In this webcast, we will explore SOF-ELKs use cases, types of log data currently supported, as well as how to load data from live or archived sources. We will also show the various dashboards supplied with the VM and show how new features can be activated through the projects GitHub repository.

Top 11 Reasons Why You Should NOT Miss the SANS DFIR Summit and Training this Year

The SANS DFIR Summit and Training 2018 is turning 11! The 2018 event marks 11 years since SANS started what is today the digital forensics and incident response event of the year, attended by forensicators time after time. Join us and enjoy the latest in-depth presentations from influential DFIR experts and the opportunity to take an array of hands-on SANS DFIR courses. You can also earn CPE credits and get the opportunity to win coveted DFIR course coins!

summit video pic

To commemorate the 11th annual DFIR Summit and Training 2018, here are 11 reasons why you should NOT miss the Summit this year:

1.     Save money! There are two ways to save on your DFIR Summit & Training registration (offers cannot be combined):

·       Register for a DFIR course by May 7 and get 50% off a Summit seat (discount automatically applied at registration), or

·       Pay by April 19 and save $400 on any 4-day or 6-day course, or up to $200 off of the Summit. Enter code “EarlyBird18” when registering.

2.     Check out our jam-packed DFIR Summit agenda!

·       The two-day Summit will kick off with a keynote presentation by Kim Zetter, an award-winning journalist who has provided the industry with the most in-depth and important investigative reporting on information security topics. Her research on such topical issues as Stuxnet and election security has brought critical technical issues to the public in a way that clearly shows why we must continue to push the security industry forward.

·       The Summit agenda will also include a presentation about the Shadow Brokers, the group that allegedly leaked National Security Agency cyber tools, leading to some of the most significant cybersecurity incidents of 2017. Jake Williams and Matt Suiche, who were among those targeted by the Shadow Brokers, will cover the history of the group and the implications of its actions.

·       All DFIR Summit speakers are industry experts who practice digital forensics, incident response, and threat hunting in their daily jobs. The Summit Advisory Board handpicked these professionals to provide you with highly technical presentations that will give you a brand-new perspective of how the industry is evolving to fight against even the toughest of adversaries. But don’t take our word for it, have a sneak peek, check out some of the past DFIR Summit talks.


Immerse yourself in six days of the best in SANS DFIR training. Here are the courses you can choose from:

·       FOR500 – Advanced Windows Forensics

·       FOR585 – Advanced Smartphone Forensics

·       FOR610 – Reverse-Engineering Malware

·       FOR508 – Digital Forensics, Incident Response & Threat Hunting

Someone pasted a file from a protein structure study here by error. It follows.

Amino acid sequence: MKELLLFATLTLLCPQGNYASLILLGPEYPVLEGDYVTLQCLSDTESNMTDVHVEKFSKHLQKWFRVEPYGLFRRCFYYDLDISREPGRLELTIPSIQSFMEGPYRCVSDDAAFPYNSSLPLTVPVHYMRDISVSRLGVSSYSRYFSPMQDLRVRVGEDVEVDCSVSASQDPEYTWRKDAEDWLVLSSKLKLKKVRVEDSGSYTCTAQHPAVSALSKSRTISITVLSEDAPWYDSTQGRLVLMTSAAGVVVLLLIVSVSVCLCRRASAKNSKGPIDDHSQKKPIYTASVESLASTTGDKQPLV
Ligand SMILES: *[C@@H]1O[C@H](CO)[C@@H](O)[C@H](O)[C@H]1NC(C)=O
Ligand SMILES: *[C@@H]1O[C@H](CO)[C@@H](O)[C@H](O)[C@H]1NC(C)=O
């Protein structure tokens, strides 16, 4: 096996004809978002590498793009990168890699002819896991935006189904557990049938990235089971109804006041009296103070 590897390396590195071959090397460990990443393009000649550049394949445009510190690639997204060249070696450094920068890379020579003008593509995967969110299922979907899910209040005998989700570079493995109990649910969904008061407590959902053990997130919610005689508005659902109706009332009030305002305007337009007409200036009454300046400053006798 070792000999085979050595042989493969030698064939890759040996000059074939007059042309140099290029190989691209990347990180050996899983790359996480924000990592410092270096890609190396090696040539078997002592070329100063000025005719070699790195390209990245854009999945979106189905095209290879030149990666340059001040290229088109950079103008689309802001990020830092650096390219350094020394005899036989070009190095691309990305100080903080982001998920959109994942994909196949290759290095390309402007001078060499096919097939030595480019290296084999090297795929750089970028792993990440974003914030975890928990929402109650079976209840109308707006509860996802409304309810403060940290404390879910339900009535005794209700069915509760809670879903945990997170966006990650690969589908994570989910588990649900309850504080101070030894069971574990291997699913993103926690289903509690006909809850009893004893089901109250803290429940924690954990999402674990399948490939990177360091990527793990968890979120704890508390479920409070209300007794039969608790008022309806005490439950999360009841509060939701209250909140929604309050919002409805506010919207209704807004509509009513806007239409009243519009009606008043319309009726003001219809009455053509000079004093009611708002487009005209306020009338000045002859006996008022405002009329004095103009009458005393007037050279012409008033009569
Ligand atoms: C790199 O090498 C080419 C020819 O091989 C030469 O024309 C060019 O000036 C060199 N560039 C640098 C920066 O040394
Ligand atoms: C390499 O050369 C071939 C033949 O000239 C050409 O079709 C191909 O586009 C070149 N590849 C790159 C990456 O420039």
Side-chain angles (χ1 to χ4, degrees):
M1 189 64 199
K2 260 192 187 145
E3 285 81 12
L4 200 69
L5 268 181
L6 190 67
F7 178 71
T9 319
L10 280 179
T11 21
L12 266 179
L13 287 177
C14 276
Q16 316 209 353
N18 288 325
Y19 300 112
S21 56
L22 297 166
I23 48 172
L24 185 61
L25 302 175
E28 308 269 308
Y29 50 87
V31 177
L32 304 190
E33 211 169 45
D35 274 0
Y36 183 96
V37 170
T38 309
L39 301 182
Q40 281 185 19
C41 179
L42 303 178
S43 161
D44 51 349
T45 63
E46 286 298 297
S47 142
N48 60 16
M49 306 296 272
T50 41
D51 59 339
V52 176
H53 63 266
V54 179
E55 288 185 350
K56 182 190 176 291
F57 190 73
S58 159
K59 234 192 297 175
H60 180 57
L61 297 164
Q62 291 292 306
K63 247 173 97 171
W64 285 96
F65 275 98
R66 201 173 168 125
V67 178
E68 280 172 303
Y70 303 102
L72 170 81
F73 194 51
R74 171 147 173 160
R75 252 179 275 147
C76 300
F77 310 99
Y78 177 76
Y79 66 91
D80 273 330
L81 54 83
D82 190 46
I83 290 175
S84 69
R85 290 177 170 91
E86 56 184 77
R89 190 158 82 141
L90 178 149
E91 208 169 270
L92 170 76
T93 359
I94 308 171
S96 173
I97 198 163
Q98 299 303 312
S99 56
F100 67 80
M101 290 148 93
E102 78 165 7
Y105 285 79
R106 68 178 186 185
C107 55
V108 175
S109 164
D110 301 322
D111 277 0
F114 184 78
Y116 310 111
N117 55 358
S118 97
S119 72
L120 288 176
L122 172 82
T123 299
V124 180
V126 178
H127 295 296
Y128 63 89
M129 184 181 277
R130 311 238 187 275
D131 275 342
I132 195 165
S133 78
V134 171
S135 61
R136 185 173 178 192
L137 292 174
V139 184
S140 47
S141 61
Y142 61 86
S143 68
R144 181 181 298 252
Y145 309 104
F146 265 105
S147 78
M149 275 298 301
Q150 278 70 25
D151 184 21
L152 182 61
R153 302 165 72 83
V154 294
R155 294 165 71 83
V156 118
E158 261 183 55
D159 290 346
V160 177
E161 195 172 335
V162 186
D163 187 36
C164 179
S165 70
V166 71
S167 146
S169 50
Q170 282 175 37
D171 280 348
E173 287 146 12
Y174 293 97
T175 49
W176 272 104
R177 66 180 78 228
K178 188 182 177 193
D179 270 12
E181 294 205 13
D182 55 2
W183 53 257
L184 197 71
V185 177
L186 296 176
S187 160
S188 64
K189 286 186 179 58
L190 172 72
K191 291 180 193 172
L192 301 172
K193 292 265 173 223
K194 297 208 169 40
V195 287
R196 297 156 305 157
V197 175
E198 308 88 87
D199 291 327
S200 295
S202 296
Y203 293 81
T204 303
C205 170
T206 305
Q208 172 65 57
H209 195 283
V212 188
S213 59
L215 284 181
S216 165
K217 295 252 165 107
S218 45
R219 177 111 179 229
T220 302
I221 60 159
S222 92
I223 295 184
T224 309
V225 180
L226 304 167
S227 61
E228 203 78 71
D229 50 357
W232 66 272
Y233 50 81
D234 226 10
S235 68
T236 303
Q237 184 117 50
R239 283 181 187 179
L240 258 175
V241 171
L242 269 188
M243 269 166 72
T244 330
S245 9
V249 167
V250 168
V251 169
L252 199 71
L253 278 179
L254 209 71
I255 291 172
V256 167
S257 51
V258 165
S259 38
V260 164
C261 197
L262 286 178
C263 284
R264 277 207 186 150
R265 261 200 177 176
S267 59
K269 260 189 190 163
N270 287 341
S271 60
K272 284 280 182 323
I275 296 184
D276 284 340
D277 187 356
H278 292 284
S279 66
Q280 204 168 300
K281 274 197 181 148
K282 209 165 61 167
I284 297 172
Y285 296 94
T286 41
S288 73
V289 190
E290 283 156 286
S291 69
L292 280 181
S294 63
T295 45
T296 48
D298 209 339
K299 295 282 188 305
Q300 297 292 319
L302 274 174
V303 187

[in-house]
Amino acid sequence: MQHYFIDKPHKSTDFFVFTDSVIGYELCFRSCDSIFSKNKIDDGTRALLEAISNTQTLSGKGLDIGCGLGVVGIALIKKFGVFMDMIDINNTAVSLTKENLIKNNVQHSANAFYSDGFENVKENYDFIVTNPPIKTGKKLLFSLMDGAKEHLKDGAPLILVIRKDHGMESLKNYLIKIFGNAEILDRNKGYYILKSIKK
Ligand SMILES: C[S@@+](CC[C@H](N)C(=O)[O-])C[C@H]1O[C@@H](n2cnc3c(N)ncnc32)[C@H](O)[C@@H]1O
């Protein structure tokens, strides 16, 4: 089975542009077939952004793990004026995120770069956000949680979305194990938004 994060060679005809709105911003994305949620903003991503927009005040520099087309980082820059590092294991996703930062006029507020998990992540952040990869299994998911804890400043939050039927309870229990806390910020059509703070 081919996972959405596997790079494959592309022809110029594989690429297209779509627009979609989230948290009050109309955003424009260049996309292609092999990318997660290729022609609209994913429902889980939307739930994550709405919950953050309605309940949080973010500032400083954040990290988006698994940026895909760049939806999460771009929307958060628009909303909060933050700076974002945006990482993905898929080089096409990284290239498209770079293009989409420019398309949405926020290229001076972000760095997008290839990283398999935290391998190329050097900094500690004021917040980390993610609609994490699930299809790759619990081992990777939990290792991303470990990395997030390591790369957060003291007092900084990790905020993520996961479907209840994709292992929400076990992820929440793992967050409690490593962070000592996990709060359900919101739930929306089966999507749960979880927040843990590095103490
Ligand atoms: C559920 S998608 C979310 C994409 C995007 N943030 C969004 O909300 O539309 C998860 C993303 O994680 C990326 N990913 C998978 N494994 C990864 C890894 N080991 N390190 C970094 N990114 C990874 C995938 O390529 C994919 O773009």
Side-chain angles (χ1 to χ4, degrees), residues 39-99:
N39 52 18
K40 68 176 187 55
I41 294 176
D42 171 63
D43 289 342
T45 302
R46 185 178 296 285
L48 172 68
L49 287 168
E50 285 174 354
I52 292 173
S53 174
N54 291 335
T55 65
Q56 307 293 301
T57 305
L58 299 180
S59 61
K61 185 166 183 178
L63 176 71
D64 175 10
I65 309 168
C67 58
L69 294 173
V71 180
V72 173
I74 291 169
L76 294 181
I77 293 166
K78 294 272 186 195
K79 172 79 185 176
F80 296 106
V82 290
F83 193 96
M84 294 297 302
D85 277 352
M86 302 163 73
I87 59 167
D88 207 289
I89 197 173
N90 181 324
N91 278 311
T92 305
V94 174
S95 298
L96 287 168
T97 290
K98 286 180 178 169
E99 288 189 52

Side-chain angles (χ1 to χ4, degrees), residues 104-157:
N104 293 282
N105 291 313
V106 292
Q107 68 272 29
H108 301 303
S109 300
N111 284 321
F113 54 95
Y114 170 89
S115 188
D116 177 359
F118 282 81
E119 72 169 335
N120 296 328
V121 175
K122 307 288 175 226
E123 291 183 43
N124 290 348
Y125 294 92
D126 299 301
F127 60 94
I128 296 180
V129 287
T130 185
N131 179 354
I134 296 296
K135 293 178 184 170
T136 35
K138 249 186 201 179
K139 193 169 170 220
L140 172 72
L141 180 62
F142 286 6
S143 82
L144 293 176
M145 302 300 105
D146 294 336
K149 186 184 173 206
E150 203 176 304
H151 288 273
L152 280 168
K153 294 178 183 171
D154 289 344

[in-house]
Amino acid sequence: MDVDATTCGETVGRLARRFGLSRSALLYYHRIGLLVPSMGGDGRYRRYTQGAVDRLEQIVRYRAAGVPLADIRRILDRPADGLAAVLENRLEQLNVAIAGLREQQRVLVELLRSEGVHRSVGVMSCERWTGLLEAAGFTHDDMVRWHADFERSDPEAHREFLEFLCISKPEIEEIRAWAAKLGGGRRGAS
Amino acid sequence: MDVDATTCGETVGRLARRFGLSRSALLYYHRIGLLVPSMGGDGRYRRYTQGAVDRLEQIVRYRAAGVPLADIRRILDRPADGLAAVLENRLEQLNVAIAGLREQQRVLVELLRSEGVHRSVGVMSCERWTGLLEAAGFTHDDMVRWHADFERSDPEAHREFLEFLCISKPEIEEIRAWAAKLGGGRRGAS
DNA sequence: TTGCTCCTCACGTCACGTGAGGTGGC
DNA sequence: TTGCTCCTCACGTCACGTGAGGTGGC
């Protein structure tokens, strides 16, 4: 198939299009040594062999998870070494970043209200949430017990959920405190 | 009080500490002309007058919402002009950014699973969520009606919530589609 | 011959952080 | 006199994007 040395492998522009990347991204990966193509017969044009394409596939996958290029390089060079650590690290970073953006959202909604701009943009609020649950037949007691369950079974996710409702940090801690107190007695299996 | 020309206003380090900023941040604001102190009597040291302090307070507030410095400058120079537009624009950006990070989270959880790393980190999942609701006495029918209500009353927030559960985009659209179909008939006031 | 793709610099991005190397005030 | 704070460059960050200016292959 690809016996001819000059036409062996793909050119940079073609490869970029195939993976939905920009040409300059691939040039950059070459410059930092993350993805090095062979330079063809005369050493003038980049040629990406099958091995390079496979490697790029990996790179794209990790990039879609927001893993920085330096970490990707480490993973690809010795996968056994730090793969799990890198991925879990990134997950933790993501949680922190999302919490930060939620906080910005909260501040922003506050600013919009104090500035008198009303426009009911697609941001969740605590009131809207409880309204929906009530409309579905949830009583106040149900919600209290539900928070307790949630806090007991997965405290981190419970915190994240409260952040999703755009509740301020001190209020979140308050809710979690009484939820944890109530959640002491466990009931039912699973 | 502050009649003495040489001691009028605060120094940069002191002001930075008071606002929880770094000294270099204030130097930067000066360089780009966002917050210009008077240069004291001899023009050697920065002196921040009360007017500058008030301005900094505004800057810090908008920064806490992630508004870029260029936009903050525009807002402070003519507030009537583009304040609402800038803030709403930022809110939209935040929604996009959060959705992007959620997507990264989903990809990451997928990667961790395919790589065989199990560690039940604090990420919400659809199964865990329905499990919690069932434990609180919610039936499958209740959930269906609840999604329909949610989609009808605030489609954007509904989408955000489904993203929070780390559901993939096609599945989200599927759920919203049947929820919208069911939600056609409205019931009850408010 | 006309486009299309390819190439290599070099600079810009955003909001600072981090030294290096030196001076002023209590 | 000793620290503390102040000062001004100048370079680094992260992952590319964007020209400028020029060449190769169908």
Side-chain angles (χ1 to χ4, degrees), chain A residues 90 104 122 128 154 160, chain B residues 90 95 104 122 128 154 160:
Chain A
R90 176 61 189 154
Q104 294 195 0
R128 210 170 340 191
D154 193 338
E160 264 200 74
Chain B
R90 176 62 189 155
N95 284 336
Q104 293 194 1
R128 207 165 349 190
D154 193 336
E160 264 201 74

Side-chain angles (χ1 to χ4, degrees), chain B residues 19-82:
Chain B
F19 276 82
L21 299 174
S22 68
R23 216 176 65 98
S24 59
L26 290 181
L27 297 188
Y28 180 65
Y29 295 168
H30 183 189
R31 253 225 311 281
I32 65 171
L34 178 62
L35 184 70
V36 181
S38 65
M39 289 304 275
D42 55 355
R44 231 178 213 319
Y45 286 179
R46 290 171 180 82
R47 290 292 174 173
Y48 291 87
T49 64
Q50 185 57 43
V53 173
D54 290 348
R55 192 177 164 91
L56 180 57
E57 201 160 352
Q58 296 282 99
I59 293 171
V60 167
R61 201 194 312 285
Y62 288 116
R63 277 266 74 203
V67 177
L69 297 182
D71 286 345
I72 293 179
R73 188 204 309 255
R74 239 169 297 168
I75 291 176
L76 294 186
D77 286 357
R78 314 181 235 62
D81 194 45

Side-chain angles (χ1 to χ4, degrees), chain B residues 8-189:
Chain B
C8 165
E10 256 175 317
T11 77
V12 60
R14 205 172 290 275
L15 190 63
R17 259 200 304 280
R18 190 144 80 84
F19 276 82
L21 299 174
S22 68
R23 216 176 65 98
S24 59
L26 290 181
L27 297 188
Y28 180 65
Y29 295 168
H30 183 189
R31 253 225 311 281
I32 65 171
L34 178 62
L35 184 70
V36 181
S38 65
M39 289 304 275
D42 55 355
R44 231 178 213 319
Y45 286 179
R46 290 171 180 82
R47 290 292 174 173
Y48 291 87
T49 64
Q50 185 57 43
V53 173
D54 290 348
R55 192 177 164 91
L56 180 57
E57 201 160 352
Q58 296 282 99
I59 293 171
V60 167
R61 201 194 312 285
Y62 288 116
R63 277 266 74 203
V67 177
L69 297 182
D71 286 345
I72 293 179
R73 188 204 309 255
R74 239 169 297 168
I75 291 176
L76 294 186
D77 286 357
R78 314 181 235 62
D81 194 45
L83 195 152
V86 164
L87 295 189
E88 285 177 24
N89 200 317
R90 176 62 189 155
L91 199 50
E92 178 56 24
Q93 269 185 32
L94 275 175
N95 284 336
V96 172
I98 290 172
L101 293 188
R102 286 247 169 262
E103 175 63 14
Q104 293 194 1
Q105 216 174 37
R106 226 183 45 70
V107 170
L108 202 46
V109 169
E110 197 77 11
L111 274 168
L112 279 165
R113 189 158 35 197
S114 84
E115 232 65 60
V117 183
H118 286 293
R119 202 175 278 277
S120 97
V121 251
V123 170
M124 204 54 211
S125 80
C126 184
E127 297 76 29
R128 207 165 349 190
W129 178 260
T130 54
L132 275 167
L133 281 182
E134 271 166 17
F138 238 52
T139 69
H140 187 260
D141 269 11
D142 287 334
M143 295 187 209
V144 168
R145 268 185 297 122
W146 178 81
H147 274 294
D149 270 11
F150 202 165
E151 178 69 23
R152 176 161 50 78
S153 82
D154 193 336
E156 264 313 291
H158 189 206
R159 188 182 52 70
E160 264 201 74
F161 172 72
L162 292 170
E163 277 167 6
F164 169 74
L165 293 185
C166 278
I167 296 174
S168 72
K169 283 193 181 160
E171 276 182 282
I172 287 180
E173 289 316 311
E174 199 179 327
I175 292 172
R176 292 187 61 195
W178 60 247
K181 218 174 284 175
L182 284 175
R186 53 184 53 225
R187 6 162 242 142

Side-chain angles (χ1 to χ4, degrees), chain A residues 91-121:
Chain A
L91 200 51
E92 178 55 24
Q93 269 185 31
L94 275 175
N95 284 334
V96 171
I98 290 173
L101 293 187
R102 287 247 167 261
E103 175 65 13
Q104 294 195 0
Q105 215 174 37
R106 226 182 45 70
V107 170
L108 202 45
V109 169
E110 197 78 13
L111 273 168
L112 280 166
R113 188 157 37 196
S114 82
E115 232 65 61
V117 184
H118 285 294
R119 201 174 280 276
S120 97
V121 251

·       FOR572 – Advanced Network Forensics: Threat Hunting, Analysis, and Incident Response

·       FOR578 – Cyber Threat Intelligence

·       FOR526 – Memory Forensics In-Depth

·       FOR518 – Mac and iOS Forensic Analysis and Incident Response

·       MGT517 – Managing Security Operations: Detection, Response, and Intelligence

3.    All courses will be taught by SANS’s best DFIR instructors. Stay tuned for more information on the courses we’re offering at the conference in a future article post.

4.     Rub elbows and network with DFIR pros at evening events, including networking gatherings and receptions. On the first night of the Summit, we’re going to gather at one of Austin’s newest entertainment venues, SPiN, a ping pong restaurant and bar featuring 14 ping pong tables, lounges, great food, and drinks. Give your overloaded brain a break after class and join us at our SANS Community Night, Monday, June 9 at Speakeasy. We will have plenty of snacks and drinks to give you the opportunity to network with fellow students.

5.     Staying to take a DFIR course after the two-day Summit? Attend SANS@Night talks guaranteed to enrich your DFIR training experience with us. Want to know about threat detection on the cheap and other topics? As for cheap (and in this case, that doesn’t mean weak), there are actions you can take now to make threat detection more effective without breaking the bank. Attend this SANS@Night talk on Sunday evening to learn some baselines you should be measuring against and how to gain visibility into high-value actionable events that occur on your systems and networks.

6.     Celebrate this year’s Ken Johnson Scholarship Recipient, who will be announced at the Summit. This scholarship was created by the SANS Institute and KPMG LLP in honor of Ken Johnson, who passed away in 2016. Early in Ken’s digital forensics career, he submitted to a Call for Presentations and was accepted to present his findings at the 2012 SANS DFIR Summit. His networking at the Summit led to his job with KPMG.